August 2013

University Sets Record for Invention Disclosures

Solutions in the laboratory at Boston Mountain Biotech, a University of Arkansas-affiliated company that spun out of an invention disclosure.

The University of Arkansas closed the last fiscal year with a record number of intellectual property disclosures reported by campus researchers.

Faculty and staff at the state’s flagship university reported 42 inventions in fiscal year 2013, which started July 1, 2012, and ended June 30, 2013.

“The number is trending up, which is significant,” said Jeff Amerine, director of Tech-

-nology Ventures, the university’s technology-transfer office. “We’ll find in the future that getting more than 40 will be a regular occurrence.”

The fiscal 2013 figure included 18 disclosures by faculty with dual appointments at both the Fayetteville campus and the University of Arkansas System’s statewide Division of Agriculture, which includes the Arkansas Agricultural Experiment Station and Cooperative Extension Service. The division’s intellectual property is managed by Lisa Childs, who heads the Division’s Technology Commercialization Office.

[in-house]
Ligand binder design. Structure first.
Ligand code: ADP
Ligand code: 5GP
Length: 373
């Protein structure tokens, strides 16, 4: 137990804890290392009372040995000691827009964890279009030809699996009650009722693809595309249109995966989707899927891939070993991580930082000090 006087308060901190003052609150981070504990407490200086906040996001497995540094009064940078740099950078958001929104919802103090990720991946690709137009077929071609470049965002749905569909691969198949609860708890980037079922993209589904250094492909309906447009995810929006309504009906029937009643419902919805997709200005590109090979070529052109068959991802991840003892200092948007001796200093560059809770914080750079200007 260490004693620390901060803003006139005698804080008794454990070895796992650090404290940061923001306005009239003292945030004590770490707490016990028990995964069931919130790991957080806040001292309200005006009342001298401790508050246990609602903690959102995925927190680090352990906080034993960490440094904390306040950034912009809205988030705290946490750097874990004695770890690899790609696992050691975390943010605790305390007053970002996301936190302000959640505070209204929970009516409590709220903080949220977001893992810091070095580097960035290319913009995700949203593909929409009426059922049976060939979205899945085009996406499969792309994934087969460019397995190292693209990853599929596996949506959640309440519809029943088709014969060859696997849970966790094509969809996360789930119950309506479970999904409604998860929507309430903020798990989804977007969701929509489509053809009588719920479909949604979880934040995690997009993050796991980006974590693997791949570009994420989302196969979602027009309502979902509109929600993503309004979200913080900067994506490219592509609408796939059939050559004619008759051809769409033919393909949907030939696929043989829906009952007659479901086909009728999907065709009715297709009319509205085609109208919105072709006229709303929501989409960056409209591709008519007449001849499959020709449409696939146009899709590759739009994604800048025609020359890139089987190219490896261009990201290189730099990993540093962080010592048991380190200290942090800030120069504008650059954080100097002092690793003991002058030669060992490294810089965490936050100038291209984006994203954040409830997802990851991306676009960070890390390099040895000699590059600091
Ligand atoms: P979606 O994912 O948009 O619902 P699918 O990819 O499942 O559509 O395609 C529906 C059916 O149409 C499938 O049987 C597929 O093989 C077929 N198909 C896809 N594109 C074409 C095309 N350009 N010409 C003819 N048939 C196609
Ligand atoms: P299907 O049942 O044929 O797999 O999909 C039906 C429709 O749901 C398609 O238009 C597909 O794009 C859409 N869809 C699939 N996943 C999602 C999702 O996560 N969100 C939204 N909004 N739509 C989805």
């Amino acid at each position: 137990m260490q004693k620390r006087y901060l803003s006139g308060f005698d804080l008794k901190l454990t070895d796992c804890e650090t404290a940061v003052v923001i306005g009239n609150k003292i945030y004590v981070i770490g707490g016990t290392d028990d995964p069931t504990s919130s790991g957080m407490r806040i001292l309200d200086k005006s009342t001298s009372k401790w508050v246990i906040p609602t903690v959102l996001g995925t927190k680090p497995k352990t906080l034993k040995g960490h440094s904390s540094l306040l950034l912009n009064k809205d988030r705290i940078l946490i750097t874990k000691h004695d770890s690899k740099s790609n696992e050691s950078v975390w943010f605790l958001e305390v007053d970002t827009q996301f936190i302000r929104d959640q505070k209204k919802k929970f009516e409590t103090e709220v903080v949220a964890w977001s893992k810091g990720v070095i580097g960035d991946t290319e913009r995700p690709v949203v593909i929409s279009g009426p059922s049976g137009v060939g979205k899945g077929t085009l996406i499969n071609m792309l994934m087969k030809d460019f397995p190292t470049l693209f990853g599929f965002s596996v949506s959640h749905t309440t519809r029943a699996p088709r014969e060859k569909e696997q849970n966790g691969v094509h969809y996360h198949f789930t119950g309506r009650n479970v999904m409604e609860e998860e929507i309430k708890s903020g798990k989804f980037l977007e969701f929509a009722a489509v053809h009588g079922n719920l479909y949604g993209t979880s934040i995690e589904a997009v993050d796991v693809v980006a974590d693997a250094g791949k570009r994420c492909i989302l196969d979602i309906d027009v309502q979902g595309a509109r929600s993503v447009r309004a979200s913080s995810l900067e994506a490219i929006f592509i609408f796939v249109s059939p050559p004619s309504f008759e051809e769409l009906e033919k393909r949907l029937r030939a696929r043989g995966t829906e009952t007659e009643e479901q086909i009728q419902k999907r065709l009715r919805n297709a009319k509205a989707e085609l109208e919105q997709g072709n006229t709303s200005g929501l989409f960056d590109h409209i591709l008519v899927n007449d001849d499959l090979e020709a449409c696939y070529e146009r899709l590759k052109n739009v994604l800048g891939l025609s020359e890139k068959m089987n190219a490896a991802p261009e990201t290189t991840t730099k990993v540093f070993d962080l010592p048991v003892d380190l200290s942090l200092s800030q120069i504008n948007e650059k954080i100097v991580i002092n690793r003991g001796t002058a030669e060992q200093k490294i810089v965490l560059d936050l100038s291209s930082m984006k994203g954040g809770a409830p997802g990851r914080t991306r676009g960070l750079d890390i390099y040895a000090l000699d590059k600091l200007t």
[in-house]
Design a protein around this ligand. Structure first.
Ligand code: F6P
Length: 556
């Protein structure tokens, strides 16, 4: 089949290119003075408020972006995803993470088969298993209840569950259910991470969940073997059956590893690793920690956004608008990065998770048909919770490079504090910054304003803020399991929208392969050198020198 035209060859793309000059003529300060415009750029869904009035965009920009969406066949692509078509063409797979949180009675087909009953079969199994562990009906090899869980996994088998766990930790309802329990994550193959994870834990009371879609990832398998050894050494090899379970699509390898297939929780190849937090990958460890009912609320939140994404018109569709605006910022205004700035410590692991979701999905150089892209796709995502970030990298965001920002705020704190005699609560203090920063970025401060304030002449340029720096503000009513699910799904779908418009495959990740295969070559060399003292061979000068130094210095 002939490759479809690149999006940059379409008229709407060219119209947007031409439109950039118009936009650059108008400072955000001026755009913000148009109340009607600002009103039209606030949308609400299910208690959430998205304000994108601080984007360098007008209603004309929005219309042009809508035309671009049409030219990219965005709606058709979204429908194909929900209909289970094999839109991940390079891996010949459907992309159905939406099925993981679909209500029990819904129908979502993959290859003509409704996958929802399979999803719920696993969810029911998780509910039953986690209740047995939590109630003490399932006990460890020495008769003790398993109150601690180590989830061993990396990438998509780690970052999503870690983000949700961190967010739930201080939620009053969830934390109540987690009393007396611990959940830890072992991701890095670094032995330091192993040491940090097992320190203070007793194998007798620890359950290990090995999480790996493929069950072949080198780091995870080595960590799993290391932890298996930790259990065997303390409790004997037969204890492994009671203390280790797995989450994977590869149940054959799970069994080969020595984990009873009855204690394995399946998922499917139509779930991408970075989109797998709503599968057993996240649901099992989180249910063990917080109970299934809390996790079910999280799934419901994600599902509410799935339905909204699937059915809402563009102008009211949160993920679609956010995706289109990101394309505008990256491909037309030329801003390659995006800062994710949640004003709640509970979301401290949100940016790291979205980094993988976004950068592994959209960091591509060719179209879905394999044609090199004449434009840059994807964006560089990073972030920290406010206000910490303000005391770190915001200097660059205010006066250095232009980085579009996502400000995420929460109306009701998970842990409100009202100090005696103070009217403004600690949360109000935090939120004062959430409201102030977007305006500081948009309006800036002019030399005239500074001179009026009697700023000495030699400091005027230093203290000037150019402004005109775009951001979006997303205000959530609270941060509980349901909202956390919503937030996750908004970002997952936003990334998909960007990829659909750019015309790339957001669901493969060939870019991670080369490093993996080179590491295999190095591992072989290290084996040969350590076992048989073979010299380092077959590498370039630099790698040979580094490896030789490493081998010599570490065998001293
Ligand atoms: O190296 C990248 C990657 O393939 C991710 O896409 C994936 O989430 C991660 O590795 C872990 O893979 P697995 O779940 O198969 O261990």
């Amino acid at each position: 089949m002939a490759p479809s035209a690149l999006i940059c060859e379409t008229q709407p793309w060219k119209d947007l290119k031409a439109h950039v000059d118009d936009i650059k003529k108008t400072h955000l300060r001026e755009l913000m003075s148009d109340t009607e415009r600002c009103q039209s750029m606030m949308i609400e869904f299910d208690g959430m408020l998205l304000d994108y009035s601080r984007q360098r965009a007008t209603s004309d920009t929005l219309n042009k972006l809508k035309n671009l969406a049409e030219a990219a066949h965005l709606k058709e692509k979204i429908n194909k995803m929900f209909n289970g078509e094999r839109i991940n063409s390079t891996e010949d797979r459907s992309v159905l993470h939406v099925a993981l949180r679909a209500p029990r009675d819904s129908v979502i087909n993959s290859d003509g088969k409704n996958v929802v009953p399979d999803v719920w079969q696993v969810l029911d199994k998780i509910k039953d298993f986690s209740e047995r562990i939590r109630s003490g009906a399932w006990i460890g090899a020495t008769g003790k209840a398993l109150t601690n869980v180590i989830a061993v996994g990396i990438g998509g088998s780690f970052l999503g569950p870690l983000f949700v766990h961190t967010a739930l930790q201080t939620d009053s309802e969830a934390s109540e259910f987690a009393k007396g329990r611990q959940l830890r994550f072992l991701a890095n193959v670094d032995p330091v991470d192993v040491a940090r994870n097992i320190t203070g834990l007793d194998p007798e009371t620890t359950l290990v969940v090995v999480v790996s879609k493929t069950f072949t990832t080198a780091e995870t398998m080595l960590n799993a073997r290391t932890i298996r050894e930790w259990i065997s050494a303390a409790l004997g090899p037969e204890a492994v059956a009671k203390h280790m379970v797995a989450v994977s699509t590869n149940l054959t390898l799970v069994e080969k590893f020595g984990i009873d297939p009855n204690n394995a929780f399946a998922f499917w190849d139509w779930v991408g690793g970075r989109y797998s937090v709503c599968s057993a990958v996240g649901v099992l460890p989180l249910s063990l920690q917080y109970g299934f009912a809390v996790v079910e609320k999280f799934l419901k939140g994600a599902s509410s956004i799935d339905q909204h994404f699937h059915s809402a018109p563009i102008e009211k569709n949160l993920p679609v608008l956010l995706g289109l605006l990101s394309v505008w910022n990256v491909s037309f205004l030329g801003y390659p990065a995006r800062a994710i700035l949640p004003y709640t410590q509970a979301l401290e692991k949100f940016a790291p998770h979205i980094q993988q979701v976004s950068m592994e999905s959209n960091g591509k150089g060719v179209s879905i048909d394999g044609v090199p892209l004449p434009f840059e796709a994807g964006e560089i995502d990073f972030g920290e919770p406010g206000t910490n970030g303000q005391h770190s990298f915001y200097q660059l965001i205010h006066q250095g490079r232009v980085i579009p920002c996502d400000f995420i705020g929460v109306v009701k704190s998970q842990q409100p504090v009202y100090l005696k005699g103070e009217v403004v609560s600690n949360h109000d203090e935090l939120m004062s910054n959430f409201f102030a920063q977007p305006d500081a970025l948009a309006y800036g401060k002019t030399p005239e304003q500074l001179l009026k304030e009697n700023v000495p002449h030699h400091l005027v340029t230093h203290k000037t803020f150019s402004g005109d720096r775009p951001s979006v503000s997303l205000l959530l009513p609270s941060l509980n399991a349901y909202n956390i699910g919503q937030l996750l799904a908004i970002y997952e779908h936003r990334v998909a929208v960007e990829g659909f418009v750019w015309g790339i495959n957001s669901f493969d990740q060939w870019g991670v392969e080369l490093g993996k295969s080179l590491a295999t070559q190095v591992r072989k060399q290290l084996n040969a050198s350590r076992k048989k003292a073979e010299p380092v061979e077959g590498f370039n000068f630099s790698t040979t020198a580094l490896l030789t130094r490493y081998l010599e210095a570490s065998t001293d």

Both Technology Ventures and the Technology Commercialization Office assist U of A faculty and research scientists identify, protect, and commercialize intellectual property developed from their research or other university supported activities.

The offices encourage campus researchers to formally report their discoveries, because completing the intellectual property disclosure form is the first step toward transferring their inventions into marketplace products and services. Submitting the form is also required under a patent and copyright policy approved by trustees of the University of Arkansas System.